Disclaimer: The information on this page is provided as an overview. The course outline, readings, and assignments may be subject to change in the final syllabus as determined by the lecturer and/or preceptors.
Where did J.K. Rowling get her inspiration from? Why is Harry Potter so popular? How do the movies change the story of Harry Potter?
In this course we will discuss the ancestors to the Harry Potter phenomenon, examine the specific works and traditions that inform the Harry Potter universe, study the Harry Potter texts in depth, and, perhaps most importantly, consider why the Harry Potter franchise has achieved unparalleled global popularity today. In the process, we will take both a theoretical and historical approach to popular culture in general and J.K. Rowling’s works in particular. Wizards, witches, squibs, and muggles are welcome as we get to the very heart of Harry Potter.
Week 1 – Why Study Harry Potter? Rowling, Fairy-Stories, and Genre
- “The Fantastic Imagination” by George MacDonald (1893 version)
- “The Ethics of Elfland” by G.K. Chesterton (1908)
- “On Fairy-Stories” by J.R.R. Tolkien (1947)
Week 2 – Rowling and Mythology
Harry Potter and the Philosopher’s Stone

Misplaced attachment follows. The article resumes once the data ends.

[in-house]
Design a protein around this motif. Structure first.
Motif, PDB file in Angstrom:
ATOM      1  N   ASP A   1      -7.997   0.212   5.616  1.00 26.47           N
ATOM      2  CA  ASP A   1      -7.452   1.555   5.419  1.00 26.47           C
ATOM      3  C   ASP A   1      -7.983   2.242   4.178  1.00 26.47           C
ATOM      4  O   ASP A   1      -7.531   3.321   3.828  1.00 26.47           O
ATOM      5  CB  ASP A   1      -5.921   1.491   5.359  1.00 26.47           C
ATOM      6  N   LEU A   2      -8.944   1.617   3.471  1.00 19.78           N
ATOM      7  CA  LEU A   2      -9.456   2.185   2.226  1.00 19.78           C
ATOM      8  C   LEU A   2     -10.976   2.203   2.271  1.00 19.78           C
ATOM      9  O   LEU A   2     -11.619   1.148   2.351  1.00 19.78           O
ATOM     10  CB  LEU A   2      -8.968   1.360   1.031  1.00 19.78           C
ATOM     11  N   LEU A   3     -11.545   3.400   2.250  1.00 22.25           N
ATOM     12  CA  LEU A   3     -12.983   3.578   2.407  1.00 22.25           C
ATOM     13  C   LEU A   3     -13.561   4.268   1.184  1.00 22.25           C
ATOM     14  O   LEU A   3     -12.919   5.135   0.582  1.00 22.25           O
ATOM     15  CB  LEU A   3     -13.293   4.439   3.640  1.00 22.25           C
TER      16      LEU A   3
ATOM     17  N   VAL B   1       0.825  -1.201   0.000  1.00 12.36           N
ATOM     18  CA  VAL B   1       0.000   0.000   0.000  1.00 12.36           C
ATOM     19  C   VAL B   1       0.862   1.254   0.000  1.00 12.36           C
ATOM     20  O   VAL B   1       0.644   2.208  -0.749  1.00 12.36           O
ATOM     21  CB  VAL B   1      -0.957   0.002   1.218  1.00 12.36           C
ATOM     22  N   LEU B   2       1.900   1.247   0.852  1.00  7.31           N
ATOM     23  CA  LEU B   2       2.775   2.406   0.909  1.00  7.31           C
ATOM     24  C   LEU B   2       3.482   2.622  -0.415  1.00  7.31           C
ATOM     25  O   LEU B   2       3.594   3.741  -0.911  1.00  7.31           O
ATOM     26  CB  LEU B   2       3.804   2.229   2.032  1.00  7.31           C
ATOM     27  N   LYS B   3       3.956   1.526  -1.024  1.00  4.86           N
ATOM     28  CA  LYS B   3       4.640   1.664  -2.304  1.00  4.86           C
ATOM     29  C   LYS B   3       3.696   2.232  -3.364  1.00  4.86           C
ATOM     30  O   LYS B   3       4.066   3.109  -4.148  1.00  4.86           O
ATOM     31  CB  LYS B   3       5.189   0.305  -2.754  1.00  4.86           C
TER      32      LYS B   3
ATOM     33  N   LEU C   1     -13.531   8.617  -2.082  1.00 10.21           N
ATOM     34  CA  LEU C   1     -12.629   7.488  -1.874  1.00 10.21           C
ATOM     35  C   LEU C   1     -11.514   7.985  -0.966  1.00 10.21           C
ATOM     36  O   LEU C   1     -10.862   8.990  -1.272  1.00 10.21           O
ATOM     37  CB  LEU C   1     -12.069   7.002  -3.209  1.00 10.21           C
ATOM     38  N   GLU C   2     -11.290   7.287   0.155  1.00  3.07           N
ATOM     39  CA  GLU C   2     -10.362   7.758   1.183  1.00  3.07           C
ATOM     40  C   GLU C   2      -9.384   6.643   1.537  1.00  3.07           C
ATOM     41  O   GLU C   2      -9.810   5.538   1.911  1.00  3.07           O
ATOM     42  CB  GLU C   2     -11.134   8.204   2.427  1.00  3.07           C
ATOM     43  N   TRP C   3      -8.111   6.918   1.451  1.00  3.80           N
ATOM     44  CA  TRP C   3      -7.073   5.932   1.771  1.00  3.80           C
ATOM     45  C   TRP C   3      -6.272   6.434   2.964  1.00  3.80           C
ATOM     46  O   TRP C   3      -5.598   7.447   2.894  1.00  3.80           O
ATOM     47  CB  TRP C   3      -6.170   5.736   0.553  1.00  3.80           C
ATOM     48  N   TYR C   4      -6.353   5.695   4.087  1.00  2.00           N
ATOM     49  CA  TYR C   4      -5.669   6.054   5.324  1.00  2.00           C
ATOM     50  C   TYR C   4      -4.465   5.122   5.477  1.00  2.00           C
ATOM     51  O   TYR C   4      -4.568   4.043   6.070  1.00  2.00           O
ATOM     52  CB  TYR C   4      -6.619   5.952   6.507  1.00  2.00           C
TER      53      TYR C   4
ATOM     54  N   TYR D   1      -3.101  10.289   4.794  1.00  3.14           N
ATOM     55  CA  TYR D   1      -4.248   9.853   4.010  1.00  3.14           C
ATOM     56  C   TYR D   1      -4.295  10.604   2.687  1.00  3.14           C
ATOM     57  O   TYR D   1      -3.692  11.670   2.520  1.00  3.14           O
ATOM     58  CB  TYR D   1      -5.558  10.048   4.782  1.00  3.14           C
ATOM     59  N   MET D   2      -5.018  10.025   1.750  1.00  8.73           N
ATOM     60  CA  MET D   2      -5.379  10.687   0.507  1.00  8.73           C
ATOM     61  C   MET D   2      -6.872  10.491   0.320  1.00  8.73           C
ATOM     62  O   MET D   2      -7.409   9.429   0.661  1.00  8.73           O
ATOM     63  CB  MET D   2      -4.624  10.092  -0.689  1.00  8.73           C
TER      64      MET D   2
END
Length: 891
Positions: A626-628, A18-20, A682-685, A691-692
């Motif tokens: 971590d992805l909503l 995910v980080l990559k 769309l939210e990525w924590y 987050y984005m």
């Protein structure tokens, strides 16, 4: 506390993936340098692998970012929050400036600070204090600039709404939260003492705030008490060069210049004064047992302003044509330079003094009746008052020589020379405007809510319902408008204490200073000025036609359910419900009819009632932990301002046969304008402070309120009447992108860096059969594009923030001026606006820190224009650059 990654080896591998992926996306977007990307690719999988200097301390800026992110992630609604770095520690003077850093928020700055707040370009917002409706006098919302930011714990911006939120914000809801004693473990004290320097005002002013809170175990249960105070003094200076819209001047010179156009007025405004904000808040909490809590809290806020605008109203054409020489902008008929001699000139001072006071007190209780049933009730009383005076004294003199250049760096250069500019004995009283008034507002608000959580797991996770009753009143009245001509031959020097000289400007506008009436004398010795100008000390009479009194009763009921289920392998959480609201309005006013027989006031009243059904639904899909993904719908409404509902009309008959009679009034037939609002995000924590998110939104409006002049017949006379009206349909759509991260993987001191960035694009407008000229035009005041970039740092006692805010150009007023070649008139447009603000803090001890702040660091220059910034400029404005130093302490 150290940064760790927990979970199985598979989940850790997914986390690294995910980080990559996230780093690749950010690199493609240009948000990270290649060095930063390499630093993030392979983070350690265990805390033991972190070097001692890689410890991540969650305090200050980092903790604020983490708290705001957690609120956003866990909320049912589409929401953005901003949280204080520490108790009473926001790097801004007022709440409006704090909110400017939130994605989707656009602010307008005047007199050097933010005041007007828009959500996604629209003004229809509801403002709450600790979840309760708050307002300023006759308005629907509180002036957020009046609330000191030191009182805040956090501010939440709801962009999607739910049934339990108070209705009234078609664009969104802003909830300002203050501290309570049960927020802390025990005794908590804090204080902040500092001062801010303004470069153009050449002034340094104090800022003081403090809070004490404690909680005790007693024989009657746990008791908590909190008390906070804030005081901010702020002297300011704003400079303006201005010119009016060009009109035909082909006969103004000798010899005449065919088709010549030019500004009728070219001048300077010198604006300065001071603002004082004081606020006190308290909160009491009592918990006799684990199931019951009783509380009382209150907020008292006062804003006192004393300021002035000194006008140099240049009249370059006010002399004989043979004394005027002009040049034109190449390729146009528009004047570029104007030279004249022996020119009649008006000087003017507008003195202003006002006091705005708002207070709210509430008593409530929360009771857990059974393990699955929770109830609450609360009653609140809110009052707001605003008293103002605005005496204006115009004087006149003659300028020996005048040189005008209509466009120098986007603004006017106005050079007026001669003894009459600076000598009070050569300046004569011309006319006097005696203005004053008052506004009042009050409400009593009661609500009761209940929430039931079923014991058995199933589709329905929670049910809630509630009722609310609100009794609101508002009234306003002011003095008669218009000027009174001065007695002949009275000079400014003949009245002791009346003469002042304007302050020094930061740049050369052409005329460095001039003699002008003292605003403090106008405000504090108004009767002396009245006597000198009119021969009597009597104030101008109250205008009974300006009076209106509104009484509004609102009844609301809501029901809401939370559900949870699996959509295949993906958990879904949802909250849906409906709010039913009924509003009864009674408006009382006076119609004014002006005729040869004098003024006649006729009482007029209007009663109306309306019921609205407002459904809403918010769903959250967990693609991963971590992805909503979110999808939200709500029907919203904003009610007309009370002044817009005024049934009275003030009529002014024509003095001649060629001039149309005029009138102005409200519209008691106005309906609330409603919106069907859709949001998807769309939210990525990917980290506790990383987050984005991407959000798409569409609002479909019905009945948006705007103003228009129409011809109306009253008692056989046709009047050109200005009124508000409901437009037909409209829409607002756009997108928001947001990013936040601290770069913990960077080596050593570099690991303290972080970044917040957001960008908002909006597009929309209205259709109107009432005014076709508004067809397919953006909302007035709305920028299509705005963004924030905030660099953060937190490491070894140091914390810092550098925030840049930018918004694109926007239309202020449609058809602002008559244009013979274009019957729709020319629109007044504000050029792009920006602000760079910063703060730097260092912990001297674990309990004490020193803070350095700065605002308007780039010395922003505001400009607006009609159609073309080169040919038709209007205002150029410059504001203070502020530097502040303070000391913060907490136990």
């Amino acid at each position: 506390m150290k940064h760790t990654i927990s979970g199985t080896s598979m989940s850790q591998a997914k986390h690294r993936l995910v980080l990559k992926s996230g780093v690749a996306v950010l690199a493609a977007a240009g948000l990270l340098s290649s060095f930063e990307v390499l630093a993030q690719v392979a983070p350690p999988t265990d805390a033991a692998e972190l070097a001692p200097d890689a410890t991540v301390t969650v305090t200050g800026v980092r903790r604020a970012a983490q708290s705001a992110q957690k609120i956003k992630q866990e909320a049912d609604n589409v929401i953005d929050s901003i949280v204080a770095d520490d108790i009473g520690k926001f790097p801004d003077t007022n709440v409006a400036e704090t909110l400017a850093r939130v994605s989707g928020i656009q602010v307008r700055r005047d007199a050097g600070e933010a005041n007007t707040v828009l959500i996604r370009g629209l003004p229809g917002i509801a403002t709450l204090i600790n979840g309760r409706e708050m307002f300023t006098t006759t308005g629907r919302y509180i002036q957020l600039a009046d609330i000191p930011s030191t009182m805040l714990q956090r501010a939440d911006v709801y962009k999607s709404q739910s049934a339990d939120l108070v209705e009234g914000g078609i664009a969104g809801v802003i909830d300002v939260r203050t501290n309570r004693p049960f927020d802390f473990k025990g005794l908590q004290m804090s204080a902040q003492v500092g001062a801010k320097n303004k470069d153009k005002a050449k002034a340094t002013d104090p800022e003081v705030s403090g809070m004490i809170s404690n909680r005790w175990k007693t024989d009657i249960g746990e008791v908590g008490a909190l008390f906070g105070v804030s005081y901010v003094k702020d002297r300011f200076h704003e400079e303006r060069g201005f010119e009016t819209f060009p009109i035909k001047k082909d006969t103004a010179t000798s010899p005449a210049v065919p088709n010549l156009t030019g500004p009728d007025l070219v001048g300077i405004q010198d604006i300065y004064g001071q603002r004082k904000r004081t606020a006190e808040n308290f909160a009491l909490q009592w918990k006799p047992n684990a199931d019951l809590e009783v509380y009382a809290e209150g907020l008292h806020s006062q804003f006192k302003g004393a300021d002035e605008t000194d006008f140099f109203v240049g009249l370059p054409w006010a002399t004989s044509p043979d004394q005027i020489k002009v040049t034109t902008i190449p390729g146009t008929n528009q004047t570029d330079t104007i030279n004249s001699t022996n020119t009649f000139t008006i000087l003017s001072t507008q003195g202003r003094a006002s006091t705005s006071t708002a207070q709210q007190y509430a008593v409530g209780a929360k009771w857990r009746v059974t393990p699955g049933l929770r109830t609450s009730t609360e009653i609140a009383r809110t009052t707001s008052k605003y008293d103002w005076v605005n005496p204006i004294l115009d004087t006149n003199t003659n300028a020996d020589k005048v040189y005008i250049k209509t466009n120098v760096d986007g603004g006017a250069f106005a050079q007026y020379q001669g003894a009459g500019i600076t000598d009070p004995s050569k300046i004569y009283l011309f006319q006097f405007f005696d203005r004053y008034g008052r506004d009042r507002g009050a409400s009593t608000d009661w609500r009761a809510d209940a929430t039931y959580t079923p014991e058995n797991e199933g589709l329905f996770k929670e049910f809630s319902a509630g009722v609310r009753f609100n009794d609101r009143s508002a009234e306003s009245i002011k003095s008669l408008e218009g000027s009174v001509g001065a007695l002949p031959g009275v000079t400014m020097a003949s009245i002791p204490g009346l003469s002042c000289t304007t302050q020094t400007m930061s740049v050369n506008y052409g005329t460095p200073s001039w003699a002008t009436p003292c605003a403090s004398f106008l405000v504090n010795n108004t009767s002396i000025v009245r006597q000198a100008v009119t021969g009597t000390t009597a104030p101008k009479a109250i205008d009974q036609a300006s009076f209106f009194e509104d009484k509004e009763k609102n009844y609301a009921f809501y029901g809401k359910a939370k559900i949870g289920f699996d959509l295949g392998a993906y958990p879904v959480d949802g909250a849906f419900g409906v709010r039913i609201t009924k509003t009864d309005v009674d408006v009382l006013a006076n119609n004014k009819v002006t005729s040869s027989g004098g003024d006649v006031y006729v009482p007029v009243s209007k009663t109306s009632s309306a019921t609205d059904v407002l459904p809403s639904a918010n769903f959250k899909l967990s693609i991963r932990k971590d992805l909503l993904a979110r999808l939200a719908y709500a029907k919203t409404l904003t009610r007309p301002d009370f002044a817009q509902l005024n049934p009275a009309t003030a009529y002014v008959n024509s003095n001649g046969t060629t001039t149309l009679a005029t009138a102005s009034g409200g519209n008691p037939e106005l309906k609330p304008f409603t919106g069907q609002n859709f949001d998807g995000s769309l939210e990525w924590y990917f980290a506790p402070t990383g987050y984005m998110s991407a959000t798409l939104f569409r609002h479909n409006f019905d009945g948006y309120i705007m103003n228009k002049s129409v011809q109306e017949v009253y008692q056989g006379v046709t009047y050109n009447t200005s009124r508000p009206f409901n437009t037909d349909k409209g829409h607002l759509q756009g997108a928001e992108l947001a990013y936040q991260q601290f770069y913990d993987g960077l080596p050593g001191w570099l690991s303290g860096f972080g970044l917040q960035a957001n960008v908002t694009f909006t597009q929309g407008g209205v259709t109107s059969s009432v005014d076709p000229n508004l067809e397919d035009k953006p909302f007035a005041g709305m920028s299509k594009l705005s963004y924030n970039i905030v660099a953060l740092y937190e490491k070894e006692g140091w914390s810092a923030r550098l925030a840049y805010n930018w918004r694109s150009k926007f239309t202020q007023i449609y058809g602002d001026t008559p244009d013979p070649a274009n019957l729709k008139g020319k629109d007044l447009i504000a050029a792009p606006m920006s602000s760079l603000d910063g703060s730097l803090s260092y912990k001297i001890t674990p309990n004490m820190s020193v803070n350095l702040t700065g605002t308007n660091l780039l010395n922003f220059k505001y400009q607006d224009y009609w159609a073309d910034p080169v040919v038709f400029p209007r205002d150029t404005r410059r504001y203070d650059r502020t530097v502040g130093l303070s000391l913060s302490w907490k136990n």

Week 3 – Rowling and the British School Story
Harry Potter and the Chamber of Secrets
Week 4 – Rowling and the Gothic
Harry Potter and the Prisoner of Azkaban
Week 5 – Rowling and Mystery
Harry Potter and the Goblet of Fire
Week 6 – The Political Rowling
Harry Potter and the Order of the Phoenix, Chapters 1 – 23
Week 7 – Rowling’s Autobiography through Art
- Harry Potter and the Order of the Phoenix, Chapters 24 – 48
- J.K. Rowling’s Harvard University Commencement Address (2008)
Week 8 – Rowling’s Books vs. Film Adaptations
Harry Potter and the Half-Blood Prince
Week 9 – Epigraphs and Epitaphs
Harry Potter and the Deathly Hallows, Chapters 1 – 19
Week 10 – Beyond the Books
Harry Potter and the Deathly Hallows, Chapters 20 – Epilogue
Week 11 – J.K. Rowling’s Bookshelf: Other Works that Shaped Harry Potter
The Tales of Beedle the Bard
Week 12 – Harry Potter and Transformative Works: New Media, the Fan Phenomenon, and the “Harry Potter Effect”
“When Harry Met Faërie: Rowling’s Hogwarts, Tolkien’s Fairy-Stories, and the Question of Readership” by Amy H. Sturgis (2009)
This course has been offered in the following semesters.
|Spring 2018||Sparrow Alden|
|Spring 2017||Dr. Sara Brown & Kris Swank|
|Summer 2014||Jessica O’Brien|
|Spring 2012||Jessica O’Brien|
Course artwork adapted from an original illustration by Drew Blom. Used with permission. All rights reserved.